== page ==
The Rapid Eye Mount telescope is a automatic, 60 cm aperture telescope located at ESO's La Silla Observatory at 2,400 metres altitude on the edge of the Atacama Desert in Chile. The telescope's aim is to catch the afterglows of gamma-ray bursts. REM is triggered by a signal from a high-energy satellite such as Swift and points to the detected location in the sky, it is operated for the Italian National Institute for Astrophysics since 2002. The telescope has been designed to be a fast pointing instrument, its small size is in fact balanced by a 10°/s accurate fast pointing; this velocity makes REM suitable for immediate response to random alerts. The telescope hosts two instruments: REMIR, an infrared imaging camera, ROSS, a visible imager and slitless spectrograph; the two cameras can observe thanks to a dichroic placed before telescope focus the same field of view of 10×10 arc minutes. In the infrared range from 1 to 2.3 µm REMIR can use a filter set. ROSS is equipped with an slitless Amici prism.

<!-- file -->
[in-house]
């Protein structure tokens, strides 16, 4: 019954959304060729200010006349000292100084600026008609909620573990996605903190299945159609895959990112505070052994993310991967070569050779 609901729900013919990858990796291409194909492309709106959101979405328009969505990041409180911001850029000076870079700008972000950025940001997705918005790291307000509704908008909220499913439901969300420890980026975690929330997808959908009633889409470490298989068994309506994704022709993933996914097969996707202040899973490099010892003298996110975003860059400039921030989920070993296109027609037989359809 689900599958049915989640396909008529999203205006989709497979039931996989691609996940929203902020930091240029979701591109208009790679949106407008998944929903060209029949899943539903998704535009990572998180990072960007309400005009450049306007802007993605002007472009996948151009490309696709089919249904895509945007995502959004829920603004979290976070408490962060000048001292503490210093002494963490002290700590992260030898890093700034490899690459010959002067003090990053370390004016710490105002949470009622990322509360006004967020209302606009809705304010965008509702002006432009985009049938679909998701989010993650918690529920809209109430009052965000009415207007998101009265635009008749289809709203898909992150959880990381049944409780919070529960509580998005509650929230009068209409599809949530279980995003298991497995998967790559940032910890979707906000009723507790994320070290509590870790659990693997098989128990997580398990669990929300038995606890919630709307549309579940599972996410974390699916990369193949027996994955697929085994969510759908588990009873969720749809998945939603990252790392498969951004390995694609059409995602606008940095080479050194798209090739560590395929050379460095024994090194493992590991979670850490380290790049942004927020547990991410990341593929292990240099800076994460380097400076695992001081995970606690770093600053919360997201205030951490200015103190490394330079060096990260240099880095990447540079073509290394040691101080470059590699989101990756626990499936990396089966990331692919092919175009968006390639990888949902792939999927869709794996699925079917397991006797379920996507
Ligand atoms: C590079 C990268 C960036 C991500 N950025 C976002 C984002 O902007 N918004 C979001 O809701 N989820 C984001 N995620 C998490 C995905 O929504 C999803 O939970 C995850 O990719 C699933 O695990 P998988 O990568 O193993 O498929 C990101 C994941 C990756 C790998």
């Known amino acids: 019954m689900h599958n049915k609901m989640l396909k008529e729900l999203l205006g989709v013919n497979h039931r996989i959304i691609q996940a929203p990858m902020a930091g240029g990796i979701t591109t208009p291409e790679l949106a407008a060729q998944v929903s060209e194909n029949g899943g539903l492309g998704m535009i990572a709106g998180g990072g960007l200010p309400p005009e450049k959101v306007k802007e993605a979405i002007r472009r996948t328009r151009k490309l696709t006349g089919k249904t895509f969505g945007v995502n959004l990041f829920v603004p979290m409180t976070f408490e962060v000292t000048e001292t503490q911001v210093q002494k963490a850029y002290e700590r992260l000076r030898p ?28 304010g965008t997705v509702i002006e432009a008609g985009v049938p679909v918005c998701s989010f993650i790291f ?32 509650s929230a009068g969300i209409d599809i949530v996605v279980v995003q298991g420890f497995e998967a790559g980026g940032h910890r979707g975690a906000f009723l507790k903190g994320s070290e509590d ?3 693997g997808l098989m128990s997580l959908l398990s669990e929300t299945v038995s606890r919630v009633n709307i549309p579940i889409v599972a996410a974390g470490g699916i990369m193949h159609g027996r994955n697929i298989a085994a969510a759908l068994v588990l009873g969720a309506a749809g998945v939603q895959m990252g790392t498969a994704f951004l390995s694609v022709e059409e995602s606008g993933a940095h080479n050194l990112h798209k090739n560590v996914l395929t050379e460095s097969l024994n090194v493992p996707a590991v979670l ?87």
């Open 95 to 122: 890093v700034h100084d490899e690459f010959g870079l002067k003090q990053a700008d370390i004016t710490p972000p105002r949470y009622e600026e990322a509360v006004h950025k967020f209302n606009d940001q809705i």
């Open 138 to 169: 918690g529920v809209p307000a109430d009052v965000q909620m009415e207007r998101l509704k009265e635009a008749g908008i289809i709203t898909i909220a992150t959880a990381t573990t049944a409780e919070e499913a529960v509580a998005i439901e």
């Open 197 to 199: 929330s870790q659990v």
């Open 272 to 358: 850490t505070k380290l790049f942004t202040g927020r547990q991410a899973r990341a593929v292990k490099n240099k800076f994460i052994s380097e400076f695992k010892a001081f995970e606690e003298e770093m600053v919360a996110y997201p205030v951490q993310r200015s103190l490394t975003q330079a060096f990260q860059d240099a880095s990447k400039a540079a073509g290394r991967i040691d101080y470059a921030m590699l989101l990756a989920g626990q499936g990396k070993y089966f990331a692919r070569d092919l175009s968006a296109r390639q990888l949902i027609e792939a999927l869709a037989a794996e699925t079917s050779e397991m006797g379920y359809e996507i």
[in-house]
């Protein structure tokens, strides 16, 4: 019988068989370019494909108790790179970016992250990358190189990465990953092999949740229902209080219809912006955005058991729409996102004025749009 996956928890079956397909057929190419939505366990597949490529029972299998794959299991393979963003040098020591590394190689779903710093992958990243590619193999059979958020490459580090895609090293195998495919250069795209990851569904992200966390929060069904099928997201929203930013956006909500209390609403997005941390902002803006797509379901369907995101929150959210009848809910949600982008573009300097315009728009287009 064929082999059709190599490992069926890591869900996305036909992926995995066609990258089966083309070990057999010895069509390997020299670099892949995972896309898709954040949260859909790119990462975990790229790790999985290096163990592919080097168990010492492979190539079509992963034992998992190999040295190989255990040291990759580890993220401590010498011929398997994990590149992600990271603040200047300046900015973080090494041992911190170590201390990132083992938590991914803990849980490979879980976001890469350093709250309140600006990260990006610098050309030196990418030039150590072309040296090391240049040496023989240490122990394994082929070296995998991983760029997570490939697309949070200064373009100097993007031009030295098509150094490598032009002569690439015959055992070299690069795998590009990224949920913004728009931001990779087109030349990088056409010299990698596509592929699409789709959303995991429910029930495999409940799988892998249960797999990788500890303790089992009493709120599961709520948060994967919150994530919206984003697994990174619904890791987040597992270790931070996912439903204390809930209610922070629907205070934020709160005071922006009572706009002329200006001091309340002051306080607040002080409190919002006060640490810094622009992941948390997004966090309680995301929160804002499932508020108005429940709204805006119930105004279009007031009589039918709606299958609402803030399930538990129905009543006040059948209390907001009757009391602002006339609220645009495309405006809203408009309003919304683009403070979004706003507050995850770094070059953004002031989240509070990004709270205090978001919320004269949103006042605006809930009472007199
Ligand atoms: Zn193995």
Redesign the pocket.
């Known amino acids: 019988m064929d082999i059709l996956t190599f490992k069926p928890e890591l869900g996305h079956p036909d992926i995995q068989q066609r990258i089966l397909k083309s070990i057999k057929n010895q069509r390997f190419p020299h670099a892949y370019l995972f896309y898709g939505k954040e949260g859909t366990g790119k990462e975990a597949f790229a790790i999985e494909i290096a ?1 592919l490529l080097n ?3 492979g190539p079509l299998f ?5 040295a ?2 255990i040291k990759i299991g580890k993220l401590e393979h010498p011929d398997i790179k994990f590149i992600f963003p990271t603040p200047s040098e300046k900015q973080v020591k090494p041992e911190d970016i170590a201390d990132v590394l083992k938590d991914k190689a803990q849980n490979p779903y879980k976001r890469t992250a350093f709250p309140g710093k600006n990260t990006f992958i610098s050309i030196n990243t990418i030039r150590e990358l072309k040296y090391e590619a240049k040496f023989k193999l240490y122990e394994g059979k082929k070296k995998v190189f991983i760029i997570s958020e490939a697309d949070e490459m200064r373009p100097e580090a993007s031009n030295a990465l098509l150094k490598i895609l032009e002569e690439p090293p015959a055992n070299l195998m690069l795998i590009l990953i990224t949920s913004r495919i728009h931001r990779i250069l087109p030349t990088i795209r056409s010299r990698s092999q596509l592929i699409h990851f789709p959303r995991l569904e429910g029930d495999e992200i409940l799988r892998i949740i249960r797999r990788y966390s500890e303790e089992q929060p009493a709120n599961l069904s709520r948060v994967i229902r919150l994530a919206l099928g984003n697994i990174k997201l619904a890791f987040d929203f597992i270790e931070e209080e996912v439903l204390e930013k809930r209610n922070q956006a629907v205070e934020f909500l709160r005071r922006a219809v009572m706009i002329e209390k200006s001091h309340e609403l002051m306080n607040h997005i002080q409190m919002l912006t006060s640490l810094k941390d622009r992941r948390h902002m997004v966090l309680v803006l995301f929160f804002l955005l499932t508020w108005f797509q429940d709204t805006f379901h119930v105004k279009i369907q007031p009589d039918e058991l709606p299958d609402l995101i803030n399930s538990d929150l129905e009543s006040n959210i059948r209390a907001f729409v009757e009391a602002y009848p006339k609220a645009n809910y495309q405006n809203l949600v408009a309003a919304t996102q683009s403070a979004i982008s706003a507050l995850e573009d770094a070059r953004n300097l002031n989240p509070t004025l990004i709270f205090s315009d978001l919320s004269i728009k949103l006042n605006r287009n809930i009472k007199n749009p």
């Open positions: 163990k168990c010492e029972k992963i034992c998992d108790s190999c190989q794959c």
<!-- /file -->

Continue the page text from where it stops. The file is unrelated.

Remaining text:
The observing procedure is robotic and the nightly schedule is optimized for the observation of scheduled targets but it is overdriven by GRB alerts. REM can observe the new target after 30 seconds from notification. REM has been installed in its place during June 2003 and has been gathering data on GRB and other sources since then, it is a bench for experimental instrumentation and equipment. In 2006 a wide-field camera parallel to the REM telescope, the TORTORA camera was installed. TORTORA has a field of view of 24°x32° through an objective of 120 mm diameter; the instrument was optimized for photometry of fast transients with a best time resolution of about 0.1 s. The observatory is operated for the Instituto Nazionale di Astrofisica by the REM Team. Since its installation and commissioning at ESO, REM rapid and multi-band observations allowed to contribute to several important discoveries in some cases reported by ESO press releases. In addition, a larger set of observations of targets different from GRBs has been performed, securing long time series of data for variable stars, AGNs, etc.